ANSELMETTI, FLAVIO S., and GREGOR P. EBERLI, University of Miami, Miami, FL
Results from physical properties analyses on discrete samples from Upper Pliocene to recent carbonates of two core borings in the Great Bahama Bank indicate that sonic velocity of carbonates is controlled by two factors: (1) the original composition and (2) the porosity evolution during diagenesis.
In order to understand the relationship between lithology and sonic velocity in carbonates, ultrasonic p- and s-wave velocities were measured on discrete samples under varying confining pressure and constant pore pressure. The measured velocities display a wide range between 2.5 and 6.4 km/s. This range is the result of variations in porosity, texture, and original composition of the rock. In general, porosity is inversely correlated to velocity and is the primary control on the velocity. Deviations from the expected porosity-velocity relation, however, are dependent upon the porosity type. Rocks with the same porosity can produce variable velocities: Carbonates with moldic porosity are able to keep a high velocity despite high porosity, whereas carbonates with interparticle porosity ave lower velocities at comparable porosity values.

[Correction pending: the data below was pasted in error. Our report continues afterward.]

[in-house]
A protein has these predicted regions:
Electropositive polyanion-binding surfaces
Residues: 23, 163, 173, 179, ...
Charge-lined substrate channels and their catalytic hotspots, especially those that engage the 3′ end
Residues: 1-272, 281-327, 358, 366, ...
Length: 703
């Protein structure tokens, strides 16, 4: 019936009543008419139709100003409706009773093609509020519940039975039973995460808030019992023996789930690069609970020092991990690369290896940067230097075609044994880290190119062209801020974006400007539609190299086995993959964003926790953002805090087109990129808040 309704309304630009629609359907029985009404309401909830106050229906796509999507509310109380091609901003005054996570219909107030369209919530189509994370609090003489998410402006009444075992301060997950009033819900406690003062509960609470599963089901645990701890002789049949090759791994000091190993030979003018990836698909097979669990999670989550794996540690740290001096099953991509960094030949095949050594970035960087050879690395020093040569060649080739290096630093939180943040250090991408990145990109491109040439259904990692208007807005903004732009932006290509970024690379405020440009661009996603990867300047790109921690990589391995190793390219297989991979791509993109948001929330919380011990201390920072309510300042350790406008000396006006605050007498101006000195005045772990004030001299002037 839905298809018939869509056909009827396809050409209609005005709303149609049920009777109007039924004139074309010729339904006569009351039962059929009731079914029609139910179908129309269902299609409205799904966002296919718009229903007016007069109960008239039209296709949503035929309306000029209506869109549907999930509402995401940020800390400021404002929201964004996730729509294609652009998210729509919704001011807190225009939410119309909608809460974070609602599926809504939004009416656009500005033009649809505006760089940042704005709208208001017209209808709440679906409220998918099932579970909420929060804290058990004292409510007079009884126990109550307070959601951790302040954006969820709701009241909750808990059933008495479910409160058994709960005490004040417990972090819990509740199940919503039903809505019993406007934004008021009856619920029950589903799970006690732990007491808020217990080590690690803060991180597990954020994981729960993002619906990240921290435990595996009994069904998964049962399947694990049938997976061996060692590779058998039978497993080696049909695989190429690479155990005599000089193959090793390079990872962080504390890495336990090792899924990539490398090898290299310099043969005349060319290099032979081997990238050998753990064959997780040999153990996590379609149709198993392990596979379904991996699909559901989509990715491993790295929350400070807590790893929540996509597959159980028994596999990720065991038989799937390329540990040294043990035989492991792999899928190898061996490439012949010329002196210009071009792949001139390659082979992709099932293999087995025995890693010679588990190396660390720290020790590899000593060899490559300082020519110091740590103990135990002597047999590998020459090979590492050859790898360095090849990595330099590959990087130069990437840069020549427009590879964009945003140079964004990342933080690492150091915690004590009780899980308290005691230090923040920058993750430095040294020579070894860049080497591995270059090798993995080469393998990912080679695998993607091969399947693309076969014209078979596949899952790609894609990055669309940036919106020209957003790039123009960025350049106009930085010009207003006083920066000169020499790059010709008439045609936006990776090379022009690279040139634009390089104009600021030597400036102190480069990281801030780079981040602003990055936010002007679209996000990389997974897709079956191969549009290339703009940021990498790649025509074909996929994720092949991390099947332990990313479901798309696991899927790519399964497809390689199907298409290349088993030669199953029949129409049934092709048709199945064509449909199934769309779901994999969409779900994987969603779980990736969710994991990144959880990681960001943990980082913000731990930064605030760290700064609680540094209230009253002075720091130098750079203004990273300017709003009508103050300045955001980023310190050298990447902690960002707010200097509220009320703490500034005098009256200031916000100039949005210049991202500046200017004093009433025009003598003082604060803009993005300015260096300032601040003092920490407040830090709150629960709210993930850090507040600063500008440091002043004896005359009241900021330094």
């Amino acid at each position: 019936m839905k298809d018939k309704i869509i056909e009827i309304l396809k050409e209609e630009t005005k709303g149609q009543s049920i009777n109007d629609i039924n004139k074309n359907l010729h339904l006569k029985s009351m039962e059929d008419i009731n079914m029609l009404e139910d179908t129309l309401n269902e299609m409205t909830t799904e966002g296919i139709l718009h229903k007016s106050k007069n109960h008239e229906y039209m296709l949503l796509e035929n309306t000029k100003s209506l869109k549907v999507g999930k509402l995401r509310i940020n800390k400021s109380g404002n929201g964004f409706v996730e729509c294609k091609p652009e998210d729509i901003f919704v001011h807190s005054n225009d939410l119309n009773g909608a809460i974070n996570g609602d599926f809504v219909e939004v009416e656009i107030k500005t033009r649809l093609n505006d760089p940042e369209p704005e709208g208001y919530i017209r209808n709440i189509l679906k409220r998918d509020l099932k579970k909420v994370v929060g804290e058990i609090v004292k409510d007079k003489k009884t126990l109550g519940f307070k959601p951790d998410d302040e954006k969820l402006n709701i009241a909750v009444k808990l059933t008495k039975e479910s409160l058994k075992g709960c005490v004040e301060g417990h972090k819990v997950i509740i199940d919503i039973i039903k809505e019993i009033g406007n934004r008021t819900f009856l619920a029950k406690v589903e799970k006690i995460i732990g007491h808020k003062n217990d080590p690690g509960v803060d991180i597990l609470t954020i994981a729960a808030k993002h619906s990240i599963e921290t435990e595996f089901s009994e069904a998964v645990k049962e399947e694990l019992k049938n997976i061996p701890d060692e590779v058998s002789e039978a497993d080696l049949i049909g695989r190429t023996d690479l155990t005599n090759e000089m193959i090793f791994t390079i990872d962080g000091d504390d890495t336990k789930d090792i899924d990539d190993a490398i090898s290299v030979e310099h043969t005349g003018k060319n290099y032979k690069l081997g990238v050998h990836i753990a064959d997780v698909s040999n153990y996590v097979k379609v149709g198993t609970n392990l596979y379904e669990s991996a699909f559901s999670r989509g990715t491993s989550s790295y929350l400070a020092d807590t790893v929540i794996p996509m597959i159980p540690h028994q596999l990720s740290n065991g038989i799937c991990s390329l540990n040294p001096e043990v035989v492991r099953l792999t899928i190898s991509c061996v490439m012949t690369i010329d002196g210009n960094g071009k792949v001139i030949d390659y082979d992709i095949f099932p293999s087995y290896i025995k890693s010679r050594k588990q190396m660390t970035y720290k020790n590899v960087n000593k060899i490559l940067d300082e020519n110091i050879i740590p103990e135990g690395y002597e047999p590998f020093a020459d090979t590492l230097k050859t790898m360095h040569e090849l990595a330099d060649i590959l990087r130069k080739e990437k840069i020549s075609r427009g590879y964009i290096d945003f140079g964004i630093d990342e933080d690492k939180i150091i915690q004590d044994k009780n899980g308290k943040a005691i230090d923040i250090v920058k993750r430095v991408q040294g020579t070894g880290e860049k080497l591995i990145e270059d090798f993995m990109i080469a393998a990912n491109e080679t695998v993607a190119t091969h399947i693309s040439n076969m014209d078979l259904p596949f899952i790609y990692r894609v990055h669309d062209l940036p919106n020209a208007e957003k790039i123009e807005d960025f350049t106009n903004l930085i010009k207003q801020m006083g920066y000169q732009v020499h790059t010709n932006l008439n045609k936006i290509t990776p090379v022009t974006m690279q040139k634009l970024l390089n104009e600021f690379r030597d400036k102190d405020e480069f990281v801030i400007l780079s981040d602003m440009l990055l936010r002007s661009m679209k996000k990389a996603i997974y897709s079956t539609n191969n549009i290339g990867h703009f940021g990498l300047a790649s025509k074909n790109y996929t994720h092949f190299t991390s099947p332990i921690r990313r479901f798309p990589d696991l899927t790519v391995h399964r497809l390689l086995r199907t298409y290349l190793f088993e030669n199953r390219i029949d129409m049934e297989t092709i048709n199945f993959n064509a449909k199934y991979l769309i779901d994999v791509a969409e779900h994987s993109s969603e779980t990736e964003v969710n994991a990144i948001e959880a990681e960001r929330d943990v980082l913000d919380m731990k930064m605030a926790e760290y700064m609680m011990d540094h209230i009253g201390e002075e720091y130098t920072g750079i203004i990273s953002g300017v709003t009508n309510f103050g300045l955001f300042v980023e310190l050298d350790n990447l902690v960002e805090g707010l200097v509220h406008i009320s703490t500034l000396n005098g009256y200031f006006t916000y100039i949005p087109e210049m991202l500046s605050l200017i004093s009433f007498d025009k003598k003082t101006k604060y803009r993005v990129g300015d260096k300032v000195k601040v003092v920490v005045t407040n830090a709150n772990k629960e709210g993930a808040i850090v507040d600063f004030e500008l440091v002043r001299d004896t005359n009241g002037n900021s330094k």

Carbonate-mineralogy has only a minor effect on the velocity, but post-depositional diagenetic processes that change mineralogy can alter texture and porosity dramatically and consequently also the velocity. For example, fabric destructive dolomitization leads to a decrease in velocity, while dolomitic cementation produces an increase.
These analyses show that original composition and processes of diagenesis, especially the post-depositional porosity evolution, determine sonic velocity and as a result acoustic impedance in carbonates.
AAPG Search and Discovery Article #91012©1992 AAPG Annual Meeting, Calgary, Alberta, Canada, June 22-25, 1992 (2009)